Murray Into Fifth Australian Open Final
Scot to face Novak Djokovic on Sunday
Andy Murray will face Novak Djokovic in the Australian Open final after coming from behind to beat Milos Raonic 4-6, 7-5, 6-7(4), 6-4, 6-2 in a gripping semi-final on Friday night in Melbourne.
Murray will contest his fifth final at Melbourne Park and will face Djokovic for the fourth time, having finished runner-up to the Serb in 2011, ’13 and ’15. He also missed out against Roger Federer in 2010.
"Last year here is a good match for me to look at because the tennis, in my opinion, wasn't miles apart," said Murray. "It was a very close match for three sets. The most important thing for me is to sustain my level for long enough, not just for one set here or there, a few games here or there. I need to do it for a very long period if I want to get the win. That's my challenge on Sunday.
"I have a very good shot on Sunday if I play my best tennis. I don't think many people are expecting me to win on Sunday. I have to just believe in myself, have a solid game plan, and hopefully execute it and play well. There's no reason it's not possible for me to win."
With his brother, Jamie Murray, in the men’s doubles final alongside Bruno Soares, the Murrays are the first brothers in the Open Era to reach the finals in both the men's singles and doubles at a Grand Slam championship.
"For it to be the first time to happen is incredible really," said Murray. "I never would have expected that. I mean, even at the beginning of last year Jamie had only maybe made one quarter of a slam before Wimbledon. Now that he's made three in a row, he's playing great tennis and is moving right up to the top of the rankings. So very proud of him.
"Obviously it's something that's going to be extremely rare. You're not going to see it very often. We should enjoy it and be proud of it because it's a tough thing to do."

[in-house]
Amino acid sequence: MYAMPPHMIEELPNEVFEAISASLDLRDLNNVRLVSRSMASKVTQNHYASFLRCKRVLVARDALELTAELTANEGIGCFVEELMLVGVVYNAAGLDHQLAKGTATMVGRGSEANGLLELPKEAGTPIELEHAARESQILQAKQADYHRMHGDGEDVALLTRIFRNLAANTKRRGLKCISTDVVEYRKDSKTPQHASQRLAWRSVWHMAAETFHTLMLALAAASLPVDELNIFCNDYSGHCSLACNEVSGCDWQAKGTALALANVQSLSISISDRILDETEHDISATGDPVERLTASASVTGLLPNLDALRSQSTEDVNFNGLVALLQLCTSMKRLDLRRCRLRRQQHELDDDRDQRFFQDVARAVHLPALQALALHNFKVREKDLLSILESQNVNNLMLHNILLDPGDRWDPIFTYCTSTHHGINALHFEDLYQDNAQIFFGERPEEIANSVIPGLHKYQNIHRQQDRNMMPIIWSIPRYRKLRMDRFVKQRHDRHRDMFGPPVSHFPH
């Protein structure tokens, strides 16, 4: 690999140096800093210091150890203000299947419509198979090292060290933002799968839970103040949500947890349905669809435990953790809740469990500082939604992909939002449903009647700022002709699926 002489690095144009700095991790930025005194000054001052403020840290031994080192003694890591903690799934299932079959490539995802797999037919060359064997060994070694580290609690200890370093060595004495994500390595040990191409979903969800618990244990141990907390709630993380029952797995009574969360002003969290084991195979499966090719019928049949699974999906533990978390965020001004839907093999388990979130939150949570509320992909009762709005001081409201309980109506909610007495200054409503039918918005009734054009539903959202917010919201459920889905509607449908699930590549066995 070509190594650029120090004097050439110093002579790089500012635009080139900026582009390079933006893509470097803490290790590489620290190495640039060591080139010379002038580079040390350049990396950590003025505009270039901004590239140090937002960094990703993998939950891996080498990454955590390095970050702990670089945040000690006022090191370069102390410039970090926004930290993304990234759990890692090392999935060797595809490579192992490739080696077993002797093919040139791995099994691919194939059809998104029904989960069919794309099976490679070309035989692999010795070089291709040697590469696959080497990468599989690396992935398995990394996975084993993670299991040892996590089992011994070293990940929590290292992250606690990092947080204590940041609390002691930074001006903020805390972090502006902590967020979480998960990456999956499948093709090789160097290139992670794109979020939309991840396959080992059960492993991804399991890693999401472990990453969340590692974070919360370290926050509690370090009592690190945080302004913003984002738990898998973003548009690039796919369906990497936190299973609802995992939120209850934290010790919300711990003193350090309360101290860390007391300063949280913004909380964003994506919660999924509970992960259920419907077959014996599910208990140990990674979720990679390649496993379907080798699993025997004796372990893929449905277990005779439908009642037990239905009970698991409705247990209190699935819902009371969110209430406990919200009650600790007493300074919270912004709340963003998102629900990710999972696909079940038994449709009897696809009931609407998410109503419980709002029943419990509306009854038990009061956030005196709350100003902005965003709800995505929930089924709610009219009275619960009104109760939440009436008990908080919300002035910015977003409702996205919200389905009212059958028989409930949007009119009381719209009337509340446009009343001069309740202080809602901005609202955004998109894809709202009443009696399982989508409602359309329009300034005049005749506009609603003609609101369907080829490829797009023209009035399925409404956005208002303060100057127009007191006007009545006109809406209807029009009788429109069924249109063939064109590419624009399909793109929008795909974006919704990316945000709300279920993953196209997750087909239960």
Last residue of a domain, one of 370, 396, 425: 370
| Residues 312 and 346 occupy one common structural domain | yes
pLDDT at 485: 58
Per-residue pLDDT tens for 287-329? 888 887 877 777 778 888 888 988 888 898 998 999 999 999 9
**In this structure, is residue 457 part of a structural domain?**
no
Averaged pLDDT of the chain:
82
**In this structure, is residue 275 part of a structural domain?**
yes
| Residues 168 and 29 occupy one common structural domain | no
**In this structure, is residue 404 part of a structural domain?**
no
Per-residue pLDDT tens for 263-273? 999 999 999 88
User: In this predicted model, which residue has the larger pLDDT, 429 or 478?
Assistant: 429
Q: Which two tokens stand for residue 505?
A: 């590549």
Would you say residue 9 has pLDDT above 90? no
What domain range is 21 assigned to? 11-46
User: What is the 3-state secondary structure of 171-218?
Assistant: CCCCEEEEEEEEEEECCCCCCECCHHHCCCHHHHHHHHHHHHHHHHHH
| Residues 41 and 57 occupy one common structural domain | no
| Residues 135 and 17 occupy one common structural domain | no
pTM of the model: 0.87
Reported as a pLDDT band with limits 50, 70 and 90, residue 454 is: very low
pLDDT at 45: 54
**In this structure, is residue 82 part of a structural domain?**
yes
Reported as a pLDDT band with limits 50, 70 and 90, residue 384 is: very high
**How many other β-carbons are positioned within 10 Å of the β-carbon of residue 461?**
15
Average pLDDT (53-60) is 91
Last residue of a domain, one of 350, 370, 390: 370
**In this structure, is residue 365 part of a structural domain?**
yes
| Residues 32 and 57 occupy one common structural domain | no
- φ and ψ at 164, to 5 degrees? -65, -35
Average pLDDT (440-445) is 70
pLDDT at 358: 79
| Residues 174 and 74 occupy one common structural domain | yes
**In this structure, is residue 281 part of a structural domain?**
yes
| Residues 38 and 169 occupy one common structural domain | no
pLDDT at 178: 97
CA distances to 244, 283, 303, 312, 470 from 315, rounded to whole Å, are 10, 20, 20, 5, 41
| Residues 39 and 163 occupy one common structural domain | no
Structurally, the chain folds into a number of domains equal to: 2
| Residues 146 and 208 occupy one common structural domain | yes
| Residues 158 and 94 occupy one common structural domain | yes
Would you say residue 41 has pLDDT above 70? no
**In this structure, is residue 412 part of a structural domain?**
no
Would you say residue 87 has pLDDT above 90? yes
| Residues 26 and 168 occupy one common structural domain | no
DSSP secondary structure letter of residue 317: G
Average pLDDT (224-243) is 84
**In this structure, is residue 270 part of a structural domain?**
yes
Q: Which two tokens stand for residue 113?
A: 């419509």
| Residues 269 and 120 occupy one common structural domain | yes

The 28-year-old Murray will look to win his third Grand Slam championship, adding to titles at the 2012 US Open and 2013 Wimbledon, beating Djokovic in both. The Scot has a 9-21 FedEx ATP Head2Head record against Djokovic, winning just one of their seven meetings in 2015.
Murray had to give it everything to reach his ninth Grand Slam final. He was pushed all the way by Raonic, who twice led in the match.
Showing no signs of nerves in his seventh FedEx ATP Head2Head meeting with Murray, Raonic started the stronger, breaking Murray in the first game. The right-hander then held from a 0/40 deficit to secure the break and did not look back, striking 14 winners to just four from Murray to claim the opening set in 36 minutes on Rod Laver Arena.
But Murray had Raonic under pressure on serve throughout the second set. With Murray starting to pick Raonic’s serve, the Canadian fended off a break point in the second game and again in the sixth game. But the Toronto native blinked in the clutch 12th game. Facing set point at 30/40, he came in behind his serve but netted the backhand volley.
Murray had allowed Raonic no opportunity on his serve, making 80 per cent of his first serves and winning 20 of those 24 points. The Scot also benefitted from 20 unforced errors from Raonic in the second set, while only committing five himself.